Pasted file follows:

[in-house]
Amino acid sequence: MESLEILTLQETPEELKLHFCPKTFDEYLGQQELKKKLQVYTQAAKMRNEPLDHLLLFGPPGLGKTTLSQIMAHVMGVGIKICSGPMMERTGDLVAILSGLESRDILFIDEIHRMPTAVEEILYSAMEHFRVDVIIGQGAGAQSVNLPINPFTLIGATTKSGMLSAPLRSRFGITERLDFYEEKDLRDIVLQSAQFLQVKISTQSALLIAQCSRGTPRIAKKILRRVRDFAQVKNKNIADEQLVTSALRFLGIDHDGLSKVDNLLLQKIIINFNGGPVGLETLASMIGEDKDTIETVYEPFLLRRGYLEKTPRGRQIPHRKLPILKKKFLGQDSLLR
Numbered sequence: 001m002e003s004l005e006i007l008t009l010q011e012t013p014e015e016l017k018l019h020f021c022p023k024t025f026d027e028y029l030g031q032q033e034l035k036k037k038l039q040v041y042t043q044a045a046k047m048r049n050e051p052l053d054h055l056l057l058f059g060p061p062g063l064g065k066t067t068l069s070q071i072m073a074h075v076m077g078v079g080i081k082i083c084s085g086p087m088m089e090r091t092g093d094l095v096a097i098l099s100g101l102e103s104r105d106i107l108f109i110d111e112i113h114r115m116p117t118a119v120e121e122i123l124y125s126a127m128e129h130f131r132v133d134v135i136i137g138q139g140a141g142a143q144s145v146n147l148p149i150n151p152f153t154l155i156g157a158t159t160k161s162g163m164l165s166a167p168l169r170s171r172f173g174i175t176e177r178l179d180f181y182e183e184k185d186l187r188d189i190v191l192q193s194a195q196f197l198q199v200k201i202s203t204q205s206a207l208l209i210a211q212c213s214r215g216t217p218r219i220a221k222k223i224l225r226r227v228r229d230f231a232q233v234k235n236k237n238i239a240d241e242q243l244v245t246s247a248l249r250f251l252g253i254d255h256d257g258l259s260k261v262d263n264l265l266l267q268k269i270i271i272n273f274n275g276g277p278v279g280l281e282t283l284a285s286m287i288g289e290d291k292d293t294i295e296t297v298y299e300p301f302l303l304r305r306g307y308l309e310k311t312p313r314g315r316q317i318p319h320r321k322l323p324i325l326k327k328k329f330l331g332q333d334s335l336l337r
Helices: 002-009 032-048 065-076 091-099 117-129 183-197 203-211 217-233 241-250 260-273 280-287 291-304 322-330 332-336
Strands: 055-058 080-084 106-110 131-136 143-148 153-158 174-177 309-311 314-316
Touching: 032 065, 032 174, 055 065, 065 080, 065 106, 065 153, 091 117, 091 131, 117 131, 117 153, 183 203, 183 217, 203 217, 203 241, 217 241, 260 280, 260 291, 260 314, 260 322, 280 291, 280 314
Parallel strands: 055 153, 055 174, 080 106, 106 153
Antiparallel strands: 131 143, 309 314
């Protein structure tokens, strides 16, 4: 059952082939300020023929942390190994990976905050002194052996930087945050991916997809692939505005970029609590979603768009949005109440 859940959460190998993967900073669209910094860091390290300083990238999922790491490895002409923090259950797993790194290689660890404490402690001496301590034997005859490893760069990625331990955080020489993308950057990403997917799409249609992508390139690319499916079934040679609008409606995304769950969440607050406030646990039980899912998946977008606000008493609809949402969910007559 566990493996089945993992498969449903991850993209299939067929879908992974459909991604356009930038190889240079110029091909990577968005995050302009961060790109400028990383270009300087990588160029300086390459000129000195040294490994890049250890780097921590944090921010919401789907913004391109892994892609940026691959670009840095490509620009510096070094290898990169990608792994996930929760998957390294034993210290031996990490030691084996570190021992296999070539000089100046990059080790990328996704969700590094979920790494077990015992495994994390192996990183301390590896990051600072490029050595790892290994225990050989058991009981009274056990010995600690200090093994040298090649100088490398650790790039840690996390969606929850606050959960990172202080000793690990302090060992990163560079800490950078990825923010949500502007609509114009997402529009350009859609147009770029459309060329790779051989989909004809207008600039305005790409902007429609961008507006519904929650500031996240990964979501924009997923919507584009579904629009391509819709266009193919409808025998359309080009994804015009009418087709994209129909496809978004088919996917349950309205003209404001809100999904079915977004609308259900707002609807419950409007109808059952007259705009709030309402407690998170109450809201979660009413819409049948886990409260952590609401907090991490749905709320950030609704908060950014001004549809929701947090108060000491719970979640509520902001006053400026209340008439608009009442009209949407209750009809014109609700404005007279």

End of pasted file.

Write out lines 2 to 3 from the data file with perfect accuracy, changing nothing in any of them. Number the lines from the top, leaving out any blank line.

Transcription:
Amino acid sequence: MESLEILTLQETPEELKLHFCPKTFDEYLGQQELKKKLQVYTQAAKMRNEPLDHLLLFGPPGLGKTTLSQIMAHVMGVGIKICSGPMMERTGDLVAILSGLESRDILFIDEIHRMPTAVEEILYSAMEHFRVDVIIGQGAGAQSVNLPINPFTLIGATTKSGMLSAPLRSRFGITERLDFYEEKDLRDIVLQSAQFLQVKISTQSALLIAQCSRGTPRIAKKILRRVRDFAQVKNKNIADEQLVTSALRFLGIDHDGLSKVDNLLLQKIIINFNGGPVGLETLASMIGEDKDTIETVYEPFLLRRGYLEKTPRGRQIPHRKLPILKKKFLGQDSLLR
Numbered sequence: 001m002e003s004l005e006i007l008t009l010q011e012t013p014e015e016l017k018l019h020f021c022p023k024t025f026d027e028y029l030g031q032q033e034l035k036k037k038l039q040v041y042t043q044a045a046k047m048r049n050e051p052l053d054h055l056l057l058f059g060p061p062g063l064g065k066t067t068l069s070q071i072m073a074h075v076m077g078v079g080i081k082i083c084s085g086p087m088m089e090r091t092g093d094l095v096a097i098l099s100g101l102e103s104r105d106i107l108f109i110d111e112i113h114r115m116p117t118a119v120e121e122i123l124y125s126a127m128e129h130f131r132v133d134v135i136i137g138q139g140a141g142a143q144s145v146n147l148p149i150n151p152f153t154l155i156g157a158t159t160k161s162g163m164l165s166a167p168l169r170s171r172f173g174i175t176e177r178l179d180f181y182e183e184k185d186l187r188d189i190v191l192q193s194a195q196f197l198q199v200k201i202s203t204q205s206a207l208l209i210a211q212c213s214r215g216t217p218r219i220a221k222k223i224l225r226r227v228r229d230f231a232q233v234k235n236k237n238i239a240d241e242q243l244v245t246s247a248l249r250f251l252g253i254d255h256d257g258l259s260k261v262d263n264l265l266l267q268k269i270i271i272n273f274n275g276g277p278v279g280l281e282t283l284a285s286m287i288g289e290d291k292d293t294i295e296t297v298y299e300p301f302l303l304r305r306g307y308l309e310k311t312p313r314g315r316q317i318p319h320r321k322l323p324i325l326k327k328k329f330l331g332q333d334s335l336l337r